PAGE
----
One of the major benefits of getting your nutrients from a varied whole food diet is that you’re far less likely to end up with too much of one nutrient at the expense of others. Foods in general contain all the cofactors and needed co-nutrients in the proper amounts for optimal health, which takes out the guess work. When you’re using supplements, you need to become a bit more savvy about how nutrients influence and synergistically affect each other.
For example, it’s important to maintain the proper balance between magnesium, calcium, vitamin K2, and vitamin D. Lack of balance between these nutrients is why calcium supplements have become associated with increased risk of heart attacks and stroke, and why some people experience vitamin D toxicity.
Part of the explanation for these adverse side effects is that vitamin K2 keeps calcium in its appropriate place. If you’re K2 deficient, added calcium can cause more problems than it solves, by accumulating in the wrong places. Similarly, if you opt for oral vitamin D, you need to also consume it in your food or take supplemental vitamin K2. Taking mega doses of vitamin D supplements without sufficient amounts of K2 can lead to vitamin D toxicity symptoms, which includes inappropriate calcification.
While the ideal or optimal ratios between vitamin D and vitamin K2 have yet to be elucidated, Dr. Kate Rheaume-Bleue (whom I’ve interviewed on this topic) suggests that for every 1,000 IU’s of vitamin D you take, you may benefit from about 100 micrograms of K2, and perhaps as much as 150-200 micrograms (mcg). The latest vitamin D dosing recommendations, which call for about 8,000 IU’s of vitamin D3 per day if you’re an adult, means you’d need in the neighborhood of 800 to 1,000 micrograms (0.8 to 1 milligram/mg) of vitamin K2.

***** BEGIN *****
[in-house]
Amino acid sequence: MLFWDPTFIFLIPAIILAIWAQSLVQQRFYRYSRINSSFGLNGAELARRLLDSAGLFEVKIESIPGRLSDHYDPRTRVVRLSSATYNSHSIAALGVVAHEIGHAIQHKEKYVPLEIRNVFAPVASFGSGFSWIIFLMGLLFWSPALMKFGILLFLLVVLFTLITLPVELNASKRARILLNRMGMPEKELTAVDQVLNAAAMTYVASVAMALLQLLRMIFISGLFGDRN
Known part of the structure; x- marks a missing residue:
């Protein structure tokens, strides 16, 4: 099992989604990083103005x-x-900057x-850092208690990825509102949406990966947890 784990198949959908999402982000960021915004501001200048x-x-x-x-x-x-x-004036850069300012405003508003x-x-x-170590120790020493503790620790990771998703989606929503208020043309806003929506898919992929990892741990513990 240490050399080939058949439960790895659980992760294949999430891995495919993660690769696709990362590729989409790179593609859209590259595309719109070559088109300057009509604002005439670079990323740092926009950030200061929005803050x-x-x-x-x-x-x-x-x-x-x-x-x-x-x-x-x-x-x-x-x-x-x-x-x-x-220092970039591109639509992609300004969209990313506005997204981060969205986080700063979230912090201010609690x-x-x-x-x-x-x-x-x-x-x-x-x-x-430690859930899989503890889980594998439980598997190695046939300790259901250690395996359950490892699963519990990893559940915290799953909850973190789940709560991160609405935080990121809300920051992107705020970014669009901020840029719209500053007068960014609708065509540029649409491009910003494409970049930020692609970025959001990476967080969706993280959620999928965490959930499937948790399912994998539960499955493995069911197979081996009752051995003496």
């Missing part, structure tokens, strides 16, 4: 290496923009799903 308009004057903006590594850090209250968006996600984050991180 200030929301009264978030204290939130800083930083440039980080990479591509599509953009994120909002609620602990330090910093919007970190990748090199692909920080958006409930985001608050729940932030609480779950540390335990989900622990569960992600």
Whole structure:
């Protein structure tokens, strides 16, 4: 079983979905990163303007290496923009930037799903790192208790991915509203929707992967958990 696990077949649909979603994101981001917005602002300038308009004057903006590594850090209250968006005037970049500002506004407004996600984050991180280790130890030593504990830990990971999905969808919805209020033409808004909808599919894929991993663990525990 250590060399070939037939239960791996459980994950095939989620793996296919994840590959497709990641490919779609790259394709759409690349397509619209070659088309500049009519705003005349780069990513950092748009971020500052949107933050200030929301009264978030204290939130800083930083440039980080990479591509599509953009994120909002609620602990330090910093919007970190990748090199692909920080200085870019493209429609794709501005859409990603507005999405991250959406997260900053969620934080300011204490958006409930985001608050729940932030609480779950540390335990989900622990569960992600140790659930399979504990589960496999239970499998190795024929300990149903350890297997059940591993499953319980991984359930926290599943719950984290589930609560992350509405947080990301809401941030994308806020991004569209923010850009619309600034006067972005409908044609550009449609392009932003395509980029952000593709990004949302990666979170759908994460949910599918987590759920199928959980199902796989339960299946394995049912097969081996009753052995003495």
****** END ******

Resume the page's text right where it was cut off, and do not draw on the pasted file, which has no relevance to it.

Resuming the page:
Now, getting back to magnesium…
Magnesium may actually be more important than calcium if you are going to consider supplementing. However, maintaining an appropriate calcium-to-magnesium ratio is important regardless. Research on the paleolithic or caveman diet has shown that the ratio of calcium to magnesium in the diet that our bodies evolved to eat is 1-to-16. Americans in general tend to have a higher calcium-to-magnesium ratio in their diet, averaging about 3.5-to-1.
Magnesium will also help keep calcium in your cells so they can do their job better. In many ways it serves as nutritional version of the highly effective class of drugs called calcium channel blockers, used in the treatment of high blood pressure, angina, and abnormal heart rhythms. Magnesium and vitamin K2 also complement each other, as magnesium helps lower blood pressure, which is an important component of heart disease.
So, all in all, anytime you’re taking any of the following: magnesium, calcium, vitamin D3 or vitamin K2, you need to take all the others into consideration as well, since these all work synergistically with each other.